Ntaganda surrendered Monday at the U.S. Embassy in Kigali. The Rwandan-born warlord, an ethnic Tutsi, served as the leader of the rebel March 23 movement, which is accused of war crimes during fighting in the Democratic Republic of Congo.
M23 allegedly has the support of the Rwanda government, an allegation Kigali denies.
Rights groups ranging from Global Witness to Human Rights Watch hailed Ntaganda's surrender, calling on the U.S. government to facilitate his safe transfer to The Hague.
"Surrendering Bosco Ntaganda to the ICC should act as a strong deterrent to others and help break persistent cycles of impunity that wrack eastern DRC," Amnesty International's Deputy Africa Director Sarah Jackson said.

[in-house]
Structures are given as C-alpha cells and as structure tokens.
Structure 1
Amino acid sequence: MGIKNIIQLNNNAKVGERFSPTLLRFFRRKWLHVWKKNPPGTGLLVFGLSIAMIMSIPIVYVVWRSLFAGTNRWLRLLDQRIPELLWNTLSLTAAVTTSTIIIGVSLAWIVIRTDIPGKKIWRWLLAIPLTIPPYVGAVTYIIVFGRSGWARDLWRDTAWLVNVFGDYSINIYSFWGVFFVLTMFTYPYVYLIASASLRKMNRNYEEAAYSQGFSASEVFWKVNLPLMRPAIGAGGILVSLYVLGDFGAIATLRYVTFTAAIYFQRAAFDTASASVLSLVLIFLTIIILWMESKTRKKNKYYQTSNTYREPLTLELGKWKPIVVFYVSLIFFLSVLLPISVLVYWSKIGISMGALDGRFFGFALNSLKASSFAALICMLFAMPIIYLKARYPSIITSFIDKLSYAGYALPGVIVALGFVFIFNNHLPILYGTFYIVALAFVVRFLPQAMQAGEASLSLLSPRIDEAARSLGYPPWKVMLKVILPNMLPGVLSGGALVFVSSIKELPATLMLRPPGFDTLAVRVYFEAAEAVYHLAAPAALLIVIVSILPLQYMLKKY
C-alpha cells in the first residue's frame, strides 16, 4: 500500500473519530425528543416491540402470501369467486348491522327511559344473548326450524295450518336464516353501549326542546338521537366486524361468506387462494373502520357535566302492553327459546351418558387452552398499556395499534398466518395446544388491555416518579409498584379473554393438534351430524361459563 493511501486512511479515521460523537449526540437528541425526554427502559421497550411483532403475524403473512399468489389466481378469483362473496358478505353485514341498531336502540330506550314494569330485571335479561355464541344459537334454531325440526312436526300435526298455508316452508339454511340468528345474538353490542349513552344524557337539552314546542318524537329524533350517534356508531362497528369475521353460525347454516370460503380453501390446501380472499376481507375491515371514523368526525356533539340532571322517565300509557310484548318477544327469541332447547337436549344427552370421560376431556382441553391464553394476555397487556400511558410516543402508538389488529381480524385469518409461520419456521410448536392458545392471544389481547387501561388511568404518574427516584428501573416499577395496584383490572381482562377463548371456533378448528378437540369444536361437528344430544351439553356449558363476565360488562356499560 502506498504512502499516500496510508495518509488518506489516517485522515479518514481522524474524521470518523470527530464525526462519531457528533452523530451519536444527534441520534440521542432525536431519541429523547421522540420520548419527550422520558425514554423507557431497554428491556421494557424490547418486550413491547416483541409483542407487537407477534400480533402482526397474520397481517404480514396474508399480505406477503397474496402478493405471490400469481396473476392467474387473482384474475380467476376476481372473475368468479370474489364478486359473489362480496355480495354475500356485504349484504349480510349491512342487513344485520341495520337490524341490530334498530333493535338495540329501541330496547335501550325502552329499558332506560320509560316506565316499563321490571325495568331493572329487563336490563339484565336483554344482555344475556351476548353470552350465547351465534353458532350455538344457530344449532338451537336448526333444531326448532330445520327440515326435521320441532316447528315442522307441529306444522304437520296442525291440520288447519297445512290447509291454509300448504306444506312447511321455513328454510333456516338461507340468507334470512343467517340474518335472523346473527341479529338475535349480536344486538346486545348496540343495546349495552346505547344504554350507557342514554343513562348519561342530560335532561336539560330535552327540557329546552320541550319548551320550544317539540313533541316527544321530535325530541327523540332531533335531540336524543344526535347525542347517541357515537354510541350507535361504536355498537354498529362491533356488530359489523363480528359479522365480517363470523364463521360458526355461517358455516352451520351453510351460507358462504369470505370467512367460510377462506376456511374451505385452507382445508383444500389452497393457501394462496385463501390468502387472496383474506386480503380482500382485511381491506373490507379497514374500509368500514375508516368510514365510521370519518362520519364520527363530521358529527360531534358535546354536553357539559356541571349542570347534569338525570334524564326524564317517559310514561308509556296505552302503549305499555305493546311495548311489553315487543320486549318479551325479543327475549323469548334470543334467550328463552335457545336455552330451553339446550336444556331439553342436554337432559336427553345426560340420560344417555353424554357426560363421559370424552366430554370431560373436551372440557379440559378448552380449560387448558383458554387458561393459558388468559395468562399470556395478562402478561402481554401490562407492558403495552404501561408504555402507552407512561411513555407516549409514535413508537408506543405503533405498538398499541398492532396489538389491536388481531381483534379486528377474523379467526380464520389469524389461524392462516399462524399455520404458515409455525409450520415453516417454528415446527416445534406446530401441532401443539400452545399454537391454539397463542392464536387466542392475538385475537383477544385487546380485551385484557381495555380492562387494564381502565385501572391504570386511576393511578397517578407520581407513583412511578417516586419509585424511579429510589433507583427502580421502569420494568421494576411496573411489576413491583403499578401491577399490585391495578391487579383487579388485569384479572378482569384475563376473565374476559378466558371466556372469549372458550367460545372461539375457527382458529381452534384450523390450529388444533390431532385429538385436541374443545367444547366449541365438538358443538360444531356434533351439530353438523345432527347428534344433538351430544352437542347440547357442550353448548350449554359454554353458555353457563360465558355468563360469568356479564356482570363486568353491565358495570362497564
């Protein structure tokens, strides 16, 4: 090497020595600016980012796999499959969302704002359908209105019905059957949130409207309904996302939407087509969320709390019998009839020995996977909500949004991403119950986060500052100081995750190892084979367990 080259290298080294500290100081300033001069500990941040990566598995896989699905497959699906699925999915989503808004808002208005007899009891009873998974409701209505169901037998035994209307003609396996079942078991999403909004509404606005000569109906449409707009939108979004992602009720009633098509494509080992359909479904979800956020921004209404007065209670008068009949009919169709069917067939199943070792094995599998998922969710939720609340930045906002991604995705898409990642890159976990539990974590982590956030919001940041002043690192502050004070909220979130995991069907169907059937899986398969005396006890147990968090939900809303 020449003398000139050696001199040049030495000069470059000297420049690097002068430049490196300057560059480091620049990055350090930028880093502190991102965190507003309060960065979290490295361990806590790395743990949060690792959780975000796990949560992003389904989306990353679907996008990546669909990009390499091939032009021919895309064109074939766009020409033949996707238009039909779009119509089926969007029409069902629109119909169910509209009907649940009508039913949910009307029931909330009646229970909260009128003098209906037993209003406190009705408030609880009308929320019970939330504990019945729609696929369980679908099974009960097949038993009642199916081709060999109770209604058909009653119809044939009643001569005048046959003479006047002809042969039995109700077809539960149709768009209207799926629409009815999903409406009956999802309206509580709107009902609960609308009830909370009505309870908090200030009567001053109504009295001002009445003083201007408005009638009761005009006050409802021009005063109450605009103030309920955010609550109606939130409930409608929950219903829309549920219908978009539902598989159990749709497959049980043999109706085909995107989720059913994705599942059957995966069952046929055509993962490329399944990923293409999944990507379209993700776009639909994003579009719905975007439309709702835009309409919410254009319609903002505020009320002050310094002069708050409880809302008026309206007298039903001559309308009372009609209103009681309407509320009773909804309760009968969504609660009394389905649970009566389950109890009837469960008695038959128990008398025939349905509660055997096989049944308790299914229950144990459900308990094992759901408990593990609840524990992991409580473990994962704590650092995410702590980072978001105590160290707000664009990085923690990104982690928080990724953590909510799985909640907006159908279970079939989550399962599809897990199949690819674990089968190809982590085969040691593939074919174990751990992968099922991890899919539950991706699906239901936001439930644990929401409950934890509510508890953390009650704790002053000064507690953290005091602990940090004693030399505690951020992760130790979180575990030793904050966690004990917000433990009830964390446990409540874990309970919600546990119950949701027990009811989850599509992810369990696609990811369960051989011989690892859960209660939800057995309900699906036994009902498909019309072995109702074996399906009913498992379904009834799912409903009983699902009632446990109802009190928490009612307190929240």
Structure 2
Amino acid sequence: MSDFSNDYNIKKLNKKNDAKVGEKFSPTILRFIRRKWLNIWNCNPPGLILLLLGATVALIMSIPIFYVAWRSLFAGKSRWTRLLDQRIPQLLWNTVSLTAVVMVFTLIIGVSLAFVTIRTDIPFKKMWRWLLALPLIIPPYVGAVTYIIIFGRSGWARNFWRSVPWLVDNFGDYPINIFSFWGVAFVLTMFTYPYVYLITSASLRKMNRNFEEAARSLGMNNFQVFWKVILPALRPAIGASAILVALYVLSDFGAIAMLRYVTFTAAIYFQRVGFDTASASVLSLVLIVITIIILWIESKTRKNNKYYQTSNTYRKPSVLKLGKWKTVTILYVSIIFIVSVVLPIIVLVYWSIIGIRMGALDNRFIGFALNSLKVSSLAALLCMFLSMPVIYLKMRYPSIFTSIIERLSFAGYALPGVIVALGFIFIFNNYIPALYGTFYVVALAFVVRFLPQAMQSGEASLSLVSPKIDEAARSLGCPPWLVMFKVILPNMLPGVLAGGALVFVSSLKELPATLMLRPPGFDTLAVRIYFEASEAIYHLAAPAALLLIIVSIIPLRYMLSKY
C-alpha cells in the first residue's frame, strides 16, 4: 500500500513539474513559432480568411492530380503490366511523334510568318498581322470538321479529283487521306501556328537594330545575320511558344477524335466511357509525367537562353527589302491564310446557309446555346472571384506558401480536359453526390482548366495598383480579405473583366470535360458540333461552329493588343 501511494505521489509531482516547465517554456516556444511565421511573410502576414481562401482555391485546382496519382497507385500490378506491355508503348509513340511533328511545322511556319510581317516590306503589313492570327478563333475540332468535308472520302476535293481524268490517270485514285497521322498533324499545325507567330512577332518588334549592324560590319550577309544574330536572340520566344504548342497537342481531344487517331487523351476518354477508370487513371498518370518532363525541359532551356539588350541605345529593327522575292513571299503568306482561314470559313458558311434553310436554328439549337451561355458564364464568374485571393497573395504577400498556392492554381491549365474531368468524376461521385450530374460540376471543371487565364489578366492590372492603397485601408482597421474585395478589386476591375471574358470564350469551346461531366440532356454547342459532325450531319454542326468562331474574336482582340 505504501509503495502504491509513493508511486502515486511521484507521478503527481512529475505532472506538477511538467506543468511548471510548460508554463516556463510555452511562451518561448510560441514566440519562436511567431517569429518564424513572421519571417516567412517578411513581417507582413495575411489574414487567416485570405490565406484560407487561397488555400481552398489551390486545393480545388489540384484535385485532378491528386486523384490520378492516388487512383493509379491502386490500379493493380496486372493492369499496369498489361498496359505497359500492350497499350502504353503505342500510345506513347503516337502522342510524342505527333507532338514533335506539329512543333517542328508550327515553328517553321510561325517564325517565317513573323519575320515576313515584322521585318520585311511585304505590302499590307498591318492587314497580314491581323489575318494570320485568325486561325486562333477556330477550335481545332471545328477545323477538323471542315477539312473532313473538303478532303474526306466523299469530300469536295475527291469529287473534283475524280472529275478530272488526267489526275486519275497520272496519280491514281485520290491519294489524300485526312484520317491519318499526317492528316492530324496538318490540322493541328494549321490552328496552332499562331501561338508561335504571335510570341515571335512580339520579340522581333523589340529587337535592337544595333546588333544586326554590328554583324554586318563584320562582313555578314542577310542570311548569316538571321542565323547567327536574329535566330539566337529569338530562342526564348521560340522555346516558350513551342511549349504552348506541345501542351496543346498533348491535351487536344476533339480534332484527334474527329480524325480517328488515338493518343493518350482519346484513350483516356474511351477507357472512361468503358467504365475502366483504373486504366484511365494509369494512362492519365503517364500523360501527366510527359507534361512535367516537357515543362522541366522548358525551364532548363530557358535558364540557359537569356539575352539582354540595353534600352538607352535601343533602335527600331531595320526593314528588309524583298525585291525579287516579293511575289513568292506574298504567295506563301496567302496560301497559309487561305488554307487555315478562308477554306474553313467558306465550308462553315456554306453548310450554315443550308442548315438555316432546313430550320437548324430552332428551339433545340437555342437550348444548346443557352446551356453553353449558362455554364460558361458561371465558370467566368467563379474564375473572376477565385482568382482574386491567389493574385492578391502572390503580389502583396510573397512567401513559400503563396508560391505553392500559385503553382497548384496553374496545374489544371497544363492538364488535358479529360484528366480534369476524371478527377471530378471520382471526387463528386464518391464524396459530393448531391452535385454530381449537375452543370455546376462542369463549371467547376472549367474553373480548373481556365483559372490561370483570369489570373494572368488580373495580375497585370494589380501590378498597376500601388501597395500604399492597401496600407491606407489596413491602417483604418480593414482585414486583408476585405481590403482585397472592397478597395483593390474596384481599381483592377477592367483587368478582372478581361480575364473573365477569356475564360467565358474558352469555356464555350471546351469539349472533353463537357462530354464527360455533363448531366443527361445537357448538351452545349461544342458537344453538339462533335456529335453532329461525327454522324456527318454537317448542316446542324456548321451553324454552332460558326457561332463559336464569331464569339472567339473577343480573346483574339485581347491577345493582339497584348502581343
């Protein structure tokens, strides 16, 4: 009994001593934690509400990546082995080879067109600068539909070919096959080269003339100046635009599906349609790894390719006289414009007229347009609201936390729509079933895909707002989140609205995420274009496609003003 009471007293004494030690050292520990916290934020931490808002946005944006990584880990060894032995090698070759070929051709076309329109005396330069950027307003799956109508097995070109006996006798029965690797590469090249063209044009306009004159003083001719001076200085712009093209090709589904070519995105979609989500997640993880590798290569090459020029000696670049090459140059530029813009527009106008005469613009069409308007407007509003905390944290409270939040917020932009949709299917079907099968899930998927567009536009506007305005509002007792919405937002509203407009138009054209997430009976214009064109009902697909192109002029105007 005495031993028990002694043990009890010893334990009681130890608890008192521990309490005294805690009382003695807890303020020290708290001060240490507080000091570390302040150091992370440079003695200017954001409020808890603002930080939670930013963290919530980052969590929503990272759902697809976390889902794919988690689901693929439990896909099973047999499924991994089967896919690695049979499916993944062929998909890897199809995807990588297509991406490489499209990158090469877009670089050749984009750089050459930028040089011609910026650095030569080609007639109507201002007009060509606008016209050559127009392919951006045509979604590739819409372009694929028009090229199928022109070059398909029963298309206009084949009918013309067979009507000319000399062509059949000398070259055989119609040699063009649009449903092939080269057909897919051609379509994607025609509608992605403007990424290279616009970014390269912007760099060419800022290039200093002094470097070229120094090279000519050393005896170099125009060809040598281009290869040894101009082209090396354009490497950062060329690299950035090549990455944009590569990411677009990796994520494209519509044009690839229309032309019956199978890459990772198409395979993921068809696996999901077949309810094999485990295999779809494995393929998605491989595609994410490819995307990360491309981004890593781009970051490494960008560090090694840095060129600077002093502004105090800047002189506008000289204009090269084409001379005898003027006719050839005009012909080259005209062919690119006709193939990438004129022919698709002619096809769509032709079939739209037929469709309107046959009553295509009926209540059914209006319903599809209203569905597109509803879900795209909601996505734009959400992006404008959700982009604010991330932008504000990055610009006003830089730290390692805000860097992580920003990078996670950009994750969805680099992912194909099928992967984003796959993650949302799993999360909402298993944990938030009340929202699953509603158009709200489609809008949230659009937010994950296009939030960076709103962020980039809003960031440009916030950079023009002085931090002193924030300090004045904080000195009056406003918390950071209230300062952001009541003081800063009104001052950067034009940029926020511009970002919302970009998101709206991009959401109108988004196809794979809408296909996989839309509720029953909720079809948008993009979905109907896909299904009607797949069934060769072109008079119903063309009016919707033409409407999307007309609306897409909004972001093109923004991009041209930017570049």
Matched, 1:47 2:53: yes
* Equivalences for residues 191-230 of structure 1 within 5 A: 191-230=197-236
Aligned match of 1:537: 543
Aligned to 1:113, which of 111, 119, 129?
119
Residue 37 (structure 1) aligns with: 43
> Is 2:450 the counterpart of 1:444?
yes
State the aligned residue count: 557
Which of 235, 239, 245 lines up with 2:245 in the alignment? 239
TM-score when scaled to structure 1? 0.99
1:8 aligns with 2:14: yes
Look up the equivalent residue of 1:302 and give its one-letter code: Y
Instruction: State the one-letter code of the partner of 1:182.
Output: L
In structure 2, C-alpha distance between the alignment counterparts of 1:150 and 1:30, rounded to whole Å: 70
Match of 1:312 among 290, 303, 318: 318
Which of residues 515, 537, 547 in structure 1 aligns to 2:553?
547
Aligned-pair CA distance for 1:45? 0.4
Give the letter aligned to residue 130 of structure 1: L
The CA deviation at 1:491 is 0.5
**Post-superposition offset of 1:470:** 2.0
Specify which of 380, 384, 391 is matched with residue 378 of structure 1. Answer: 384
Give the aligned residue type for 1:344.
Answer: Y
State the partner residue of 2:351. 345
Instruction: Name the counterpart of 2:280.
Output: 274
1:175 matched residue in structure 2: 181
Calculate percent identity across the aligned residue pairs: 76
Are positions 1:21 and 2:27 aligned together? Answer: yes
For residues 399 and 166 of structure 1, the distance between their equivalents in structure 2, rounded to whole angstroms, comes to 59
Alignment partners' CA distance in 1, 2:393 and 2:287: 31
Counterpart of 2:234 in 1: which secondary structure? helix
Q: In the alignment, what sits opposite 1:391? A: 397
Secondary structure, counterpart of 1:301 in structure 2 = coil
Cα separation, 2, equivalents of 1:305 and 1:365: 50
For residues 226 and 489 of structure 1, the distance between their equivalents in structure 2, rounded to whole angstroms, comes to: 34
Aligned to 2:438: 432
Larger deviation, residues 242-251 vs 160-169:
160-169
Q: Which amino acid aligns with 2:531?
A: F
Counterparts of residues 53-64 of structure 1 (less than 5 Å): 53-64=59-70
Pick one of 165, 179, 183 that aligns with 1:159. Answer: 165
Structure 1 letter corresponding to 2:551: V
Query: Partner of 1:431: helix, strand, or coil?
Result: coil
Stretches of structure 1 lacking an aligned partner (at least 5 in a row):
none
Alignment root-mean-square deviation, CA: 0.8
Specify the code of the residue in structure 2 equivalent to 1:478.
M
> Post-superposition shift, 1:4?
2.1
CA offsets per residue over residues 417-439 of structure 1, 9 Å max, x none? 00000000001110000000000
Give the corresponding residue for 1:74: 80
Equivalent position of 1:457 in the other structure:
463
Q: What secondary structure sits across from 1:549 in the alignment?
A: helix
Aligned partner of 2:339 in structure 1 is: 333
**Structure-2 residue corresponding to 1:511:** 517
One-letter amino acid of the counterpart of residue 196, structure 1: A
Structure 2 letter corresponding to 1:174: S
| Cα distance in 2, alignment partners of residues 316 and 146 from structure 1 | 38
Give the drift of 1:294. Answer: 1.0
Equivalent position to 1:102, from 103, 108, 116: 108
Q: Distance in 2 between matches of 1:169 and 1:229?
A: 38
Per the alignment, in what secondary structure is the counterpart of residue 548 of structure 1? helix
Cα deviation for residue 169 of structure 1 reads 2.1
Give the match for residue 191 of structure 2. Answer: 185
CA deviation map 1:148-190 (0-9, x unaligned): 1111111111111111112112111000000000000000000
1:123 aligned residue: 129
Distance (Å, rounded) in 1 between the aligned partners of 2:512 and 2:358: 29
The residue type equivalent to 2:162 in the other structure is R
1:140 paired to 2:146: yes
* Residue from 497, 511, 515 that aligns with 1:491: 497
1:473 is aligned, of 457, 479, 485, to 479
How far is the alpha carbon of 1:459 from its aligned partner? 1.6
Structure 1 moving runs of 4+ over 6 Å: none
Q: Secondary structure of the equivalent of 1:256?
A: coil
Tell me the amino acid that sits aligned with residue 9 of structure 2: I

U.S. State Department spokeswoman Victoria Nuland confirmed Ntaganda's surrender in a statement Monday. The United States and Rwanda aren't party to the Rome Statue that created the ICC.
British Foreign Secretary William Hague said Tuesday his government supported the rebel leader's transfer to the ICC.
"I urge all to cooperate in facilitating this transfer as quickly as possible," he said in a statement.
DRC Ambassador to the United Kingdom Kikaya bin Karubi told the BBC it's time for Ntaganda to "face the music."
Ntaganda claims he's innocent.